- Basil: The herb requires just four hours of sunlight each day and proper watering to grow indoors during winter. If necessary, you can substitute the four hours of sunlight for 12 hours under a florescent bulb.
- Rosemary: This herb needs at least six hours of sunlight each day and can, like basil, survive under a florescent bulb when necessary. One key factor: rosemary needs well-drained soil to survive.
- Chives: A tasty onion-like herb, chives can survive on minimal sunlight throughout the winter and can easily grow under the glow of a florescent bulb.
- Tomatoes: Larger tomatoes are difficult to grow indoors, but small cherry and windowsill tomatoes are easy to grow inside during the winter. They require just three to four months to reach maturity and provide a vine-ripened taste that cannot be matched at the grocery store.
- Green beans: This veggie is available in bush and pole varieties. Bush green beans are easier to grow inside. All they require for growth during the winter is a container that drains well, six hours of sunlight, and about three months to mature.
Indoor Growing with a Greenhouse
If you have the space on your property for a greenhouse or other sturdy, outdoor structure, companies like http://www.4patriots.com/ have the supplies you need. Greenhouses range from simply cold-frame structures to full-size glass structures. Depending on the specific structure you purchase and the vegetables and herbs you wish to grow, a greenhouse can include electricity, heat, benches, lighting, and humidity controls.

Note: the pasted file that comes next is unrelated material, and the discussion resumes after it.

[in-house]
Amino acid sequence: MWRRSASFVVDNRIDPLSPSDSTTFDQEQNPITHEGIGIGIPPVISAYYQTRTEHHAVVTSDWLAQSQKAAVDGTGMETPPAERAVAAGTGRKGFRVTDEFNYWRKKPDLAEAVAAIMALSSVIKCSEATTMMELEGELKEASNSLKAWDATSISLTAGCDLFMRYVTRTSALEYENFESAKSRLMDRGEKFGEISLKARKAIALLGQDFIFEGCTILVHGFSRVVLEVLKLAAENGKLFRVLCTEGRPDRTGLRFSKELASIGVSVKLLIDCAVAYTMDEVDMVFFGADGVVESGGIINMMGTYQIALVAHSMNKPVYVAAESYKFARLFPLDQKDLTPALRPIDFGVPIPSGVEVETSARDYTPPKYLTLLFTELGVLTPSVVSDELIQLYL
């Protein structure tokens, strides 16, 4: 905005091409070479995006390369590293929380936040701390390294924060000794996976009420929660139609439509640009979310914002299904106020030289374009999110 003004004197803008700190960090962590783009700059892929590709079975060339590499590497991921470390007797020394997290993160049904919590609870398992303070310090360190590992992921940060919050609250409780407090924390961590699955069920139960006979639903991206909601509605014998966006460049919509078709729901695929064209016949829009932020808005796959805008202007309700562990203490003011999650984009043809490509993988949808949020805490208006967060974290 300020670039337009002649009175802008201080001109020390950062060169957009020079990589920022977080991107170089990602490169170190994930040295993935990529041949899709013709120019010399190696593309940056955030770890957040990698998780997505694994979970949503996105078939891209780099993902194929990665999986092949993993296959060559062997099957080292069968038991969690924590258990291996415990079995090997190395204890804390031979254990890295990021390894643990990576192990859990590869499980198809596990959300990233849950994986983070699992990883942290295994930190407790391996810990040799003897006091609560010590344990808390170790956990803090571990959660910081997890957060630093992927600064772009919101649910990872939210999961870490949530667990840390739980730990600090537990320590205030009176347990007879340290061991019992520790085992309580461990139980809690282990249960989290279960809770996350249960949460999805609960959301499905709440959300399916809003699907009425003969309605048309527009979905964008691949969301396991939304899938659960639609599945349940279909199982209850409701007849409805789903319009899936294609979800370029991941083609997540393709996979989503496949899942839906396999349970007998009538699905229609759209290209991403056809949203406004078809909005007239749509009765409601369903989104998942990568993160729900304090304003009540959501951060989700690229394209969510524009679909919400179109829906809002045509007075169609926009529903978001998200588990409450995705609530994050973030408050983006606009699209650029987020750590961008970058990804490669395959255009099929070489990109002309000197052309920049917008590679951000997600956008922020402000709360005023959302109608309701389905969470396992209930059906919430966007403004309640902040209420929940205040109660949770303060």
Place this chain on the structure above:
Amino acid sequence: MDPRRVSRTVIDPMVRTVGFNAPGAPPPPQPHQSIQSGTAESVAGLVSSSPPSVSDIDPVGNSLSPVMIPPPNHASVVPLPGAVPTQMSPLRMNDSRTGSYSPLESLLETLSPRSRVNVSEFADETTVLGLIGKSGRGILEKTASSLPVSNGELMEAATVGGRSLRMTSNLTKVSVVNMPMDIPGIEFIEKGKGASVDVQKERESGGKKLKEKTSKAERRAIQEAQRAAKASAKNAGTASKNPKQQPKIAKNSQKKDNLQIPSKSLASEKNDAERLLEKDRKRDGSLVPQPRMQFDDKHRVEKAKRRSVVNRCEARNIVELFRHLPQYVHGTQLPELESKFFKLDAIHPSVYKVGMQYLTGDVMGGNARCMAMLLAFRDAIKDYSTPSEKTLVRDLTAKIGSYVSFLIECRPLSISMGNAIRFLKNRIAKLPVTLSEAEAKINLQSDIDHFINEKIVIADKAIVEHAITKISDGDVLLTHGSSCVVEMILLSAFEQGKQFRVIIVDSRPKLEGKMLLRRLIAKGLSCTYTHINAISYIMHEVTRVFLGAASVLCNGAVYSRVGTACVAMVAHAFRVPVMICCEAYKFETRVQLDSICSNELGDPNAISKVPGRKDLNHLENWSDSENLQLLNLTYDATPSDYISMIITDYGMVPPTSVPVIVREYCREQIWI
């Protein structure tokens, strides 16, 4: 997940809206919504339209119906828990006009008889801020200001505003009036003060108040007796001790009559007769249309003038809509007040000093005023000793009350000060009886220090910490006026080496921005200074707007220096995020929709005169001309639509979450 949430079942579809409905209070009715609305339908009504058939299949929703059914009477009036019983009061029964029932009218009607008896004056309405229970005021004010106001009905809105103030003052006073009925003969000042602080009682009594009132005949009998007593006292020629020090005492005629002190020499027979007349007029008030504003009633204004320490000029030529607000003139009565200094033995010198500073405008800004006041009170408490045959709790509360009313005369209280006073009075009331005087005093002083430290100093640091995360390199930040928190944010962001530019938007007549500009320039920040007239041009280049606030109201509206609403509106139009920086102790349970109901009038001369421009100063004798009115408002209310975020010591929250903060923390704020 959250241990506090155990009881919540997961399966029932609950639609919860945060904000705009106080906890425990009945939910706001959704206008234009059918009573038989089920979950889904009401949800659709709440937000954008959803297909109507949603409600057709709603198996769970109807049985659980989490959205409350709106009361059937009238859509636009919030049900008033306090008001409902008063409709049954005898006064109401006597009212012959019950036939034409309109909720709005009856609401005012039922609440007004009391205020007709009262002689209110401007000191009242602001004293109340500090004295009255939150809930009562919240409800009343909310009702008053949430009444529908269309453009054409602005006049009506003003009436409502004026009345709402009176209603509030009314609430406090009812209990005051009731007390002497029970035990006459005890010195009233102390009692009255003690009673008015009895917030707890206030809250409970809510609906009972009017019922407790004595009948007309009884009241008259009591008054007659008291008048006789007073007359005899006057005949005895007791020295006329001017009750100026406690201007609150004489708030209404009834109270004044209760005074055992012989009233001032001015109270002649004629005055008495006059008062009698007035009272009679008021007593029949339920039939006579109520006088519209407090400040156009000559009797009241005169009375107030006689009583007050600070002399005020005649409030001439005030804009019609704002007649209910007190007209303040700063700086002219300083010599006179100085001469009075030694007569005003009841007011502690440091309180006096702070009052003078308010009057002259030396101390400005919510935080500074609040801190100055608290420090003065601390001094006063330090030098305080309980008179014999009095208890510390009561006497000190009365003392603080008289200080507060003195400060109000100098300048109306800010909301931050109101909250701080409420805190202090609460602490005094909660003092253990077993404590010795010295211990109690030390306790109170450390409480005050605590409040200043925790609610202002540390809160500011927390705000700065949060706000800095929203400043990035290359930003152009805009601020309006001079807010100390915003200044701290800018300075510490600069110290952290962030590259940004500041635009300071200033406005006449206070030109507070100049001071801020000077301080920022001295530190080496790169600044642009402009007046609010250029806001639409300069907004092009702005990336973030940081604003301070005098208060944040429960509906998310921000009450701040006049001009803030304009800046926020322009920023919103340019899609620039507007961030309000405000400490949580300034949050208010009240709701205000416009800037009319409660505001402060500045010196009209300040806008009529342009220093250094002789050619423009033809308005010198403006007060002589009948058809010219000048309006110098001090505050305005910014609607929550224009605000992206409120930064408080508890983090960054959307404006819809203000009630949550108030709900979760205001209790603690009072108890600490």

Establishing a greenhouse on your property allows you to grow your favorite herbs and veggies outdoors throughout the winter, without worrying about their survival. You can start your seeds earlier, grow throughout the year, and enjoy fresh vegetables year round. Consider the following guidelines as you setup your new greenhouse:
- Heat & Ventilation: The ideal temperature inside a greenhouse is 80 to 85 degrees Fahrenheit. Many structures capture the sun’s rays for heat, while others use dedicated heaters to provide warmth. Good ventilation includes open doors (or lids on cold frames) on warm days and stand fans, when necessary, to circulate air.
- Shade cloth: Green shade cloths can help control the temperature inside your greenhouse by blocking the sun’s rays during the day.
- Humidity: For tropical plants, humidity control in a greenhouse is vital. To generate greater humidity during the winter months, place trays of pebbles with water underneath plants. As the water evaporates, humidity is added to the air surrounding the plants.
With these tips and guidelines, you’ll be able to grow your favorite vegetables and herbs throughout the winter.
Author: Allen Baler is a Partner at 4Patriots LLC, a Tennessee based small business that provides products to help people be more self-reliant and more independent. Allen founded the company in 2008 after 14 years as a corporate executive leading profitable business for the Easton Press and the Danbury Mint. He graduated with honors from Harvard University and resides in Nashville with his wife and 3 daughters.